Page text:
You would think that a brightly glowing squidly glob would be akin to an "EAT HERE" neon sign for predators. Ah, but don't be so quick to leap to conclusions, Sparky. 

Essentially, the light from the little squid perfectly simulates moonlight or starlight filtering through the ocean. This counterillumination renders the squid virtually invisible while keeping it from casting a shadow. 

Lit up like a dance party, the tiny bobtail squid puts on a show that mimics the moon. Of course, if the party gets too raucous and the light becomes a bit too bright, the squid can always hit the "emergency ink" button and dim things enough to swim away so it can live to glow another day.

Saturday, May 22, 2021

The Patron Saint of Struggling Authors

More Thoughts on the Life and Times of Rev. Robert Stephen Hawker

Last week, I mused on the pranks and practices of Robert Stephen Hawker, the Vicar of Morwenstow, in Cornwall, from 1834 to 1875.

From Hawker's antics early in life, one could be forgiven for thinking he was a hopeless jester or worse, a clown. In fact, some sloppy pseudo-biographical articles slant their content in such a way to suggest the whole Mermaid phase (see previous post) occurred while Hawker was a vicar, instead of during his student years. ::sigh::

Hawker was more complex than that.

He loathed the traditional black vestments the clergy wore. When he became a vicar, he refused to dress "like an undertaker," choosing instead to assemble his own unique outfit -- each element signifying his beliefs. 

For instance: he wore a blue fisherman's jersey with red stitching in the side, symbolizing Jesus' call to His followers to be "fishers of men," with a constant reminder of the soldier's spear that caused Christ's final wound.

He also believed he could communicate with spirits, both divine and demonic, which explains why he declared the long brown cassock he wore was "the exact hue" of both Mary's and Jesus' hair.

Sometimes he wore a "flamboyant fez" instead of his typical wide-brimmed hat. (I can find no record of what the fez was supposed to denote. Still: Hawker thought fezzes were cool...)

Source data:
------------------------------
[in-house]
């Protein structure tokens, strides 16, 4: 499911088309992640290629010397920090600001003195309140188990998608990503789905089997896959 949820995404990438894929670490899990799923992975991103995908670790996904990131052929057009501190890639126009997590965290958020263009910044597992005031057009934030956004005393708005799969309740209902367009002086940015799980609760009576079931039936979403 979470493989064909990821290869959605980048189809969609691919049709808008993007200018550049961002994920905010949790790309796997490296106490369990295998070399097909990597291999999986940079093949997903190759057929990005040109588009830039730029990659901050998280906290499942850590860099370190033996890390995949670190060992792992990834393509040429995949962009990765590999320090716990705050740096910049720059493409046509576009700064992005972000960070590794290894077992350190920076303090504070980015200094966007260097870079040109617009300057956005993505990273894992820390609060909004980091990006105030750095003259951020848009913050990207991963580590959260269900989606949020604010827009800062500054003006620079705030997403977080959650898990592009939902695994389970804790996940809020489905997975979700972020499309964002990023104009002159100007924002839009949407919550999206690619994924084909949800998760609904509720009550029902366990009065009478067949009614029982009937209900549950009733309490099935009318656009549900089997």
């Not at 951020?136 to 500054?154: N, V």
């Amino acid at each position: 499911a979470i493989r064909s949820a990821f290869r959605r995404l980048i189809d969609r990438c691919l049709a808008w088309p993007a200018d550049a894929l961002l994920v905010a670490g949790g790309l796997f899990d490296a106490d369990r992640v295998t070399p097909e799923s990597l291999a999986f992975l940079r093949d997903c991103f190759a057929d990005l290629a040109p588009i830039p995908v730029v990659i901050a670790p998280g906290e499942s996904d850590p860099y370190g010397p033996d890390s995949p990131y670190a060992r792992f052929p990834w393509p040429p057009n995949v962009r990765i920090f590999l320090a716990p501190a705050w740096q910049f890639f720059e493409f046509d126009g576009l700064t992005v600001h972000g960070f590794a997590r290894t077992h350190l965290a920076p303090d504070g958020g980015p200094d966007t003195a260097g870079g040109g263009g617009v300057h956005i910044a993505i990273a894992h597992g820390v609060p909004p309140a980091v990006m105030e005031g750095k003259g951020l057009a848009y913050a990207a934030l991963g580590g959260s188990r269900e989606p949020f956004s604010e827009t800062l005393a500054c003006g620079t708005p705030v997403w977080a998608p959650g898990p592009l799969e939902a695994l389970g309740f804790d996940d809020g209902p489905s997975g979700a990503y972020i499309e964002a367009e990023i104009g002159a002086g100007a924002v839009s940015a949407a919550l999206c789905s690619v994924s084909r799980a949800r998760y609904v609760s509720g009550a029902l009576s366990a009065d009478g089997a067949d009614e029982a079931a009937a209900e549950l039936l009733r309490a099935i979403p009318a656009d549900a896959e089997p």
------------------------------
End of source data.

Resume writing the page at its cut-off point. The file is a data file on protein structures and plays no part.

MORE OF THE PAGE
The Vicar hated black so much that after his death, mourners honored his wishes and wore purple during his funeral.

Hawker's generosity for others often caused hardship for his own family. He routinely dipped into the family finances to feed and clothe poorer members of his community. 

The Hawkers' generosity extended to their parish infrastructure. They built a bridge over a deadly river crossing. And they built a school and restored the 13th-century "Well of St. John," all at their own expense.

Hawker was also a conflicted creative soul. 

On the one hand, he craved quiet time alone. To facilitate that, he built what is now known as "Hawker's Hut," a tiny turf-topped structure with a stable door, tucked into the hillside, facing the sea. He assembled it out of driftwood and wood salvaged from shipwrecks. Today, it remains the smallest property on the National Trust.

He and Charlotte would go together to the hut to pray and meditate. He also spent many hours there alone, smoking opium or writing.

It is clear that he relished the solitude. However, he also recognized that his remote village was, in some ways, a cross to bear.

A passionate accomplished, prolific writer, he enjoyed little acclaim or recognition, though his work sold well. In 1824 he wrote "The Song of the Western Men," or "Trelawney," which was published anonymously in 1826 and which -- to this day -- is considered the unofficial Cornish National Anthem. (Credit Charles Dickens who, years later, told the world about "Trelawney's" authorship.)

In 1848, Alfred, Lord Tennyson visited Morwenstow. He and Hawker hit it off, connected by their mutual love of poetry and obsession with Arthurian legends (the Hawkers had honeymooned at Tintagel, associated with King Arthur since the 12th century). But Tennyson went back to the world of letters and publishing, while the vicar remained on the northern coast. 

Hawker desperately wanted to be known as a writer. He remembered the days of university, when his writing won awards. Lonely, keenly aware of the rapid passage of time, he blamed both his isolated location and gatekeepers in the publishing world for his inability to break in. 

One heartbreaking journal entry includes these words: 

"I have lived on among these faraway rocks, unprofited, unpraised, and unknown."

Every manuscript of his had sold, but "to no advantage of mine."

"And here I am at the close of my days," he wrote, "unnoted, unknown, and – worst of all – unpaid."